It is rather well known that Hans-Werner Aufrecht (A) and his partner Erhard Melcher (M) founded AMG in 1967 at Aufrecht's birthplace of Grossaspach (G); hence the name, "AMG." What is not as well known is their early history and the humble beginnings of AMG.
Back in the mid-1960s, there were two guys with a small garage in an old mill that were building engines for fast cars, really fast cars. When these two guys acted on their urge they spawned one of today's largest suppliers of exclusive high-performance cars. The two guys were Hans-Werner Aufrecht and Erhard Melcher, the founders of AMG Motorenbau und Entwicklungsgesellschaft mbH (AMG Engine Production and Development, Ltd.). Thankfully, the company name was later shortened to AMG.
Aufrecht and Melcher started in 1965 by preparing a racing engine for Manfred Schiek's 300SE. Two years later, the owners officially founded the company and began their humble beginnings in the "Old Mill" in Burgstall, Germany.
According to historical information provided by Mercedes-AMG, the first private customer of the new company was a Mercedes owner from Kiel. With a humble beginning there is always a good story. Here's the gist of the story going around today, which is said to be Friedrick Aufrecht's story. Friedrick is the brother of AMG co-founder, Hans-Werner.
A customer from Kiel, a town located on the northern border of Germany, is said to be the first private customer of the young Mercedes tuning company. As the story goes, he was in the paddock at a motor race when he got a hot tip. He was told about a garage in southwest Germany called AMG that could squeeze every last ounce of torque out of a Mercedes engine. This customer had a fondness for torque and he decided to visit the garage. After following the sketchy directions provided, he found himself in front of two tiny garage doors at an old mill. Garage doors so small, in fact, that he wasn't sure if his Mercedes would fit inside. Is this the right place he wondered? He ventured inside and observed a hand dug inspection pit in the middle of the garage. Now, he definitely wasn't sure if this was the right place so he asked, "Where can I find AMG?" The mechanics responded: "you are in the AMG garage."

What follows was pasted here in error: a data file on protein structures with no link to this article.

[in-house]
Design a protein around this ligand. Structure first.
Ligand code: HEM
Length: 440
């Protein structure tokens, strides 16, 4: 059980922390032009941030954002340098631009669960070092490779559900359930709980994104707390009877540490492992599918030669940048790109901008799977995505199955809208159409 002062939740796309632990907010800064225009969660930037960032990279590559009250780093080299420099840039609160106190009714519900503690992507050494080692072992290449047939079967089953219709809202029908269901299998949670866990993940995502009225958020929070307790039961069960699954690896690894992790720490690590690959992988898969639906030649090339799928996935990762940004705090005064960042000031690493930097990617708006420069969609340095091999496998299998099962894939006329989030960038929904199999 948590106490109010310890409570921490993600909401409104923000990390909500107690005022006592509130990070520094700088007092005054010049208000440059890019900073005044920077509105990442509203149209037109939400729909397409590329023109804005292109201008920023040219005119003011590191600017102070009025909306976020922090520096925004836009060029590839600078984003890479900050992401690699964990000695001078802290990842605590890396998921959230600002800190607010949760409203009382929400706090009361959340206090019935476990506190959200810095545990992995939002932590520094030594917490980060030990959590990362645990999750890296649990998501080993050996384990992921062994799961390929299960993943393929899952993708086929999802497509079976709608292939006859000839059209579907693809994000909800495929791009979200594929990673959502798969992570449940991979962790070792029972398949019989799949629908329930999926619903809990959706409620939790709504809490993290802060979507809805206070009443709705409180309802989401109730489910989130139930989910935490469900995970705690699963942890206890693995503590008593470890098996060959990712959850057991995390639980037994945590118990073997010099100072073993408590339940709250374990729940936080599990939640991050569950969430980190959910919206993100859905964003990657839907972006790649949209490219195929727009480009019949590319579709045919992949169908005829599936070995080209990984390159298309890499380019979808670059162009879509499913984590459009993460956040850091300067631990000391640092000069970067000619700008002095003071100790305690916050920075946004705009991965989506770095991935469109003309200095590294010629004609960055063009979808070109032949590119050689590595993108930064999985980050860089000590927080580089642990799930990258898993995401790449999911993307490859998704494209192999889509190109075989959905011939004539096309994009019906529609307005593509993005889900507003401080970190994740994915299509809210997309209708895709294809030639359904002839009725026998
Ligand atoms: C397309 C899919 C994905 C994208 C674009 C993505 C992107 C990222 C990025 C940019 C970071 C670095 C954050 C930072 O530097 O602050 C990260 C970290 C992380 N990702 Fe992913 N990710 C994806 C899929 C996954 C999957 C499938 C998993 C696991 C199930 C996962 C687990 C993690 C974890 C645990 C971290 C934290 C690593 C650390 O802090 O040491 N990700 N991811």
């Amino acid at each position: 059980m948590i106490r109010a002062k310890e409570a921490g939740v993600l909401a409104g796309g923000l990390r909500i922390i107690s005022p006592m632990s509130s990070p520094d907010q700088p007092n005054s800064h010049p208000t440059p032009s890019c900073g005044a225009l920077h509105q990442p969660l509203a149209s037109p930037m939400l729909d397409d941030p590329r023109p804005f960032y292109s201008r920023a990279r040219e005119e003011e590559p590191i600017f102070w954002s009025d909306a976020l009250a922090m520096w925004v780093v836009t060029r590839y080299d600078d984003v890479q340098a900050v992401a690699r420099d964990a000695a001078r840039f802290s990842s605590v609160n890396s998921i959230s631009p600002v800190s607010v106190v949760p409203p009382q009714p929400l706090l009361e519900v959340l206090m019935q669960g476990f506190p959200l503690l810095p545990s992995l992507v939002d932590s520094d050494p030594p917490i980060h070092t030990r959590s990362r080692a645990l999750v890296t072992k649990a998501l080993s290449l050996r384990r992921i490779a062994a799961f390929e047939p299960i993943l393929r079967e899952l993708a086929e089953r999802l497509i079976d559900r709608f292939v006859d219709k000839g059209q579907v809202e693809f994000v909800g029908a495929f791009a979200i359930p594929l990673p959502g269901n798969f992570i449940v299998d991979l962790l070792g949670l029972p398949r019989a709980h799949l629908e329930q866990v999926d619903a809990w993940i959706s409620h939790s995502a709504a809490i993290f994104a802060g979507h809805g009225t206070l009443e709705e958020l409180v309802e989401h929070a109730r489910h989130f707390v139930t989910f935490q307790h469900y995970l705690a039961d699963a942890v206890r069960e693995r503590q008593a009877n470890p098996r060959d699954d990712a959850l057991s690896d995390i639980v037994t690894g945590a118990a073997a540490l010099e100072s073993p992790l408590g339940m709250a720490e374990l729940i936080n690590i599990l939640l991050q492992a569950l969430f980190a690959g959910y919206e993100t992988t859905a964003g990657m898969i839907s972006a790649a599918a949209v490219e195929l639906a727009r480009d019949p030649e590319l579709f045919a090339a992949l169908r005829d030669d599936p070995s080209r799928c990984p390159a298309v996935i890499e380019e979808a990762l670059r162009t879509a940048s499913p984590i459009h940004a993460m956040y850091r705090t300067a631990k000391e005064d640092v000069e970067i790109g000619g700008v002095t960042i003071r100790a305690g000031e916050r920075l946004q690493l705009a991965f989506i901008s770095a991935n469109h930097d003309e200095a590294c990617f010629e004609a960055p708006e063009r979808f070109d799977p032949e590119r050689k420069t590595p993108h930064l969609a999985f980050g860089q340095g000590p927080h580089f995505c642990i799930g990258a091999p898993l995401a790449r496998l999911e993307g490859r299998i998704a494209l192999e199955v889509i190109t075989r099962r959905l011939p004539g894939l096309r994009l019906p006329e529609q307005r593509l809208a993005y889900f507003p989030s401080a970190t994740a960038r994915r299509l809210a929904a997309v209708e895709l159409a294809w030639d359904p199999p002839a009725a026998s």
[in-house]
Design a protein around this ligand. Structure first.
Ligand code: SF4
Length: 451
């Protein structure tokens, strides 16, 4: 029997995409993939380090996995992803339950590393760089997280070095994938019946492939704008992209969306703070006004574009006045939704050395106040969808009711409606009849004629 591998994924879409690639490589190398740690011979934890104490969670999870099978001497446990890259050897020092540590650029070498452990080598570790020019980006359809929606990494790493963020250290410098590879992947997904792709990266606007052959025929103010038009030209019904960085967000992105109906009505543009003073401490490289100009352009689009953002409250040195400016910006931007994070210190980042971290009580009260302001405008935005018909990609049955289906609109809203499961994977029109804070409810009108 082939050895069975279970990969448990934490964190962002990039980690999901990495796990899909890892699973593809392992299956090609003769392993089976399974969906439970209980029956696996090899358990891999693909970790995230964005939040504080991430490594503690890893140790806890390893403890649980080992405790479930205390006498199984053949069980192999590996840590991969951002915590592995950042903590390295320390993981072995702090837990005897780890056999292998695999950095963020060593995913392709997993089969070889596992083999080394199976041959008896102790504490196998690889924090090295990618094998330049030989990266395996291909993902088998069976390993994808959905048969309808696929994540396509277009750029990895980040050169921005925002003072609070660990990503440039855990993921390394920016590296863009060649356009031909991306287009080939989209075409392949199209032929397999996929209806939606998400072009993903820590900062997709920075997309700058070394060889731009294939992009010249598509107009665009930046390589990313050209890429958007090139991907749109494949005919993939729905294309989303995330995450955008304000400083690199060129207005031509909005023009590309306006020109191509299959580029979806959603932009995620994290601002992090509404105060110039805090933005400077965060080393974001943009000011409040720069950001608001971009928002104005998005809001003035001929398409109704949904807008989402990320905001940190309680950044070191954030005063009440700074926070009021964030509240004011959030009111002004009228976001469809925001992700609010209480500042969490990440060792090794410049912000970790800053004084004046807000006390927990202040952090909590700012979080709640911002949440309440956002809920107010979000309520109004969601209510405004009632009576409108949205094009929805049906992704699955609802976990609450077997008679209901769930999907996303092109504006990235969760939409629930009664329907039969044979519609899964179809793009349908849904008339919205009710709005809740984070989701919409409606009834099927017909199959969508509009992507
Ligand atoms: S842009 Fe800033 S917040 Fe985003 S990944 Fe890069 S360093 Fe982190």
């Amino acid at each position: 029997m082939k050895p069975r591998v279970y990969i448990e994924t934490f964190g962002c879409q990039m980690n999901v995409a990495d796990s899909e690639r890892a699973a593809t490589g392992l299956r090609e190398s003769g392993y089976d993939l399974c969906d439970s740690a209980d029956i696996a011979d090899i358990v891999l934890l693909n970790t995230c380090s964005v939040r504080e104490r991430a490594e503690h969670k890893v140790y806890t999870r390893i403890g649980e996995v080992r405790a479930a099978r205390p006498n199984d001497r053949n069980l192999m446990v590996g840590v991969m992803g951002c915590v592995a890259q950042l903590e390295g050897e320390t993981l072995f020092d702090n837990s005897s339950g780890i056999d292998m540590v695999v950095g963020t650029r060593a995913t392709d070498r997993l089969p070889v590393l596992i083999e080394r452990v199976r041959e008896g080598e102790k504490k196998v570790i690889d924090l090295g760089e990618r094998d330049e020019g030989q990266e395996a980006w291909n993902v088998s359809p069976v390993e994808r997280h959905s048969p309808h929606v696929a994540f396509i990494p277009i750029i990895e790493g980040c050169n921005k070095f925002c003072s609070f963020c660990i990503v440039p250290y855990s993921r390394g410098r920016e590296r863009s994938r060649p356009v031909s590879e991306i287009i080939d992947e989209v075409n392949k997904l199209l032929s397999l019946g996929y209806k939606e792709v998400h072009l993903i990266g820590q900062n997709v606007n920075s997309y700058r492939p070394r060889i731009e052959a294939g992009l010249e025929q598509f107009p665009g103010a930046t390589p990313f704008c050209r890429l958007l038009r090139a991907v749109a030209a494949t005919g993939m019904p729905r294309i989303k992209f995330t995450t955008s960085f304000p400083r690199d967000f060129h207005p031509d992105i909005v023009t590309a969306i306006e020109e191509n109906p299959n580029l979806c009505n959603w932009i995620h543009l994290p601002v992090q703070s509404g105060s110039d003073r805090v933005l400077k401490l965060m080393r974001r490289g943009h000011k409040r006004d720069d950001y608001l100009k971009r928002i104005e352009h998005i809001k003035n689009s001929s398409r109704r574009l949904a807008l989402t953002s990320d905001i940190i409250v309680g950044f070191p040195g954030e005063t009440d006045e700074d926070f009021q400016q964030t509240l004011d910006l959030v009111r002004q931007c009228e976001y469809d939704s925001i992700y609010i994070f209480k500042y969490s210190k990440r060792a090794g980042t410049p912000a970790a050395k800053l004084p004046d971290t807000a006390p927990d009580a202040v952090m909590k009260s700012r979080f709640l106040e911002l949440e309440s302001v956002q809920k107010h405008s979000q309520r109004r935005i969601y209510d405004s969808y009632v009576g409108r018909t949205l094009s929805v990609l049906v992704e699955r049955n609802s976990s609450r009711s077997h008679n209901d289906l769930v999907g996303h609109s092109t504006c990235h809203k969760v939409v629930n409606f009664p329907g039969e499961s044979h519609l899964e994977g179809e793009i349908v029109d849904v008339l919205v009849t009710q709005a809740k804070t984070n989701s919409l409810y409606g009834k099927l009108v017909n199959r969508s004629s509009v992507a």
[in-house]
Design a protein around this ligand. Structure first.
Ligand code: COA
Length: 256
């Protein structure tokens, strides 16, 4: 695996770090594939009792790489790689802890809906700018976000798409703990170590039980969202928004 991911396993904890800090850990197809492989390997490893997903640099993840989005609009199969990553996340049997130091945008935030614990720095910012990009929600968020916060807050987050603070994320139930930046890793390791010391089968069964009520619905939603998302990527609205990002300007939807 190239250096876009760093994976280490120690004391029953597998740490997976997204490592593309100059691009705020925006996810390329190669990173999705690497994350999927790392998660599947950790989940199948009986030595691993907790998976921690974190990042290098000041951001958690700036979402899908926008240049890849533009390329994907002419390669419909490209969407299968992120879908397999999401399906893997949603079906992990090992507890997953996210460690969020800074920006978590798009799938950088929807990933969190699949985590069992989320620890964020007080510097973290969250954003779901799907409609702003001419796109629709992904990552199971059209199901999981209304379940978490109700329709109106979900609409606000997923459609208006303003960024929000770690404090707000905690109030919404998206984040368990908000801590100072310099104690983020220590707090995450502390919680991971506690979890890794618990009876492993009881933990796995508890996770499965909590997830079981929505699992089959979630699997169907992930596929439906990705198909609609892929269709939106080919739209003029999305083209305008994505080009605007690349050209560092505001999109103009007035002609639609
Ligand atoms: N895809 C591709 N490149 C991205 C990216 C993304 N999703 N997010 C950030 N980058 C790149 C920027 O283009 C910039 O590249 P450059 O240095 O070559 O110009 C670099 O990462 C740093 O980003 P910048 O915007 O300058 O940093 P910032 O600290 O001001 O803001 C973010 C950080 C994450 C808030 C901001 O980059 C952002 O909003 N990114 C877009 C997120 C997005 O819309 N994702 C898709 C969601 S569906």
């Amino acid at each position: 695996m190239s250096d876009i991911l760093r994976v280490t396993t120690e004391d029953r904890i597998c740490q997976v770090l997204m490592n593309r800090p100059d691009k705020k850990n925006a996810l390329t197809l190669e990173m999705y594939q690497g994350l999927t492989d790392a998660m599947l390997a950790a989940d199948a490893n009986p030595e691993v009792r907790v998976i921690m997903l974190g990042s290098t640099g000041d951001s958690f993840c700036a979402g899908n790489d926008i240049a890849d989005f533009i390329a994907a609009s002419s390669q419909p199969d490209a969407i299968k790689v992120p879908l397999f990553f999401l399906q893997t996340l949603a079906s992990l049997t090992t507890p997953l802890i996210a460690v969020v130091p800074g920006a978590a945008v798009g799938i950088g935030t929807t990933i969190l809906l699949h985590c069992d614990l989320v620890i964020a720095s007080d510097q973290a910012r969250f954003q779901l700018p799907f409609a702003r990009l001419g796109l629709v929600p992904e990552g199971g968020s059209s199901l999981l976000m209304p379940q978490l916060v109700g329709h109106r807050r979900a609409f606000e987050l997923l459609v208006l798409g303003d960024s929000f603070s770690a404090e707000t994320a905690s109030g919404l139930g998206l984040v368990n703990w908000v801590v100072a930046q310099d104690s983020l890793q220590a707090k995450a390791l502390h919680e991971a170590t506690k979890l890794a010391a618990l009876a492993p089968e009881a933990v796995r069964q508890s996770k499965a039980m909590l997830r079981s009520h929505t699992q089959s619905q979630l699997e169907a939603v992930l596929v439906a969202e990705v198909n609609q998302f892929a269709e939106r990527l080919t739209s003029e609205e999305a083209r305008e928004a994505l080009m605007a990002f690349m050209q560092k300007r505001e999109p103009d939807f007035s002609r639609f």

Later on the customer from Kiel picked up his car and headed home. He was almost to Frankfurt when he turned around and drove back. The astonished mechanics couldn't believe it. Just three hours later their first private customer was already bringing his car back. To their disbelief, the customer drove all the way back to the garage to tell them personally how happy he was with the car. The mechanics were inspired and the AMG legacy began.
During the next three years AMG concentrated on building race cars based on the Mercedes-Benz 300SE sedan. They liked the Mercedes-Benz 300 models and some bad luck for a Mercedes owner turned out to be good luck for AMG. They got wind of a damaged 300 that was being sold by a doctor and they bought it. It was purchased for less than $6,000 at a time when new models were selling for $20,000.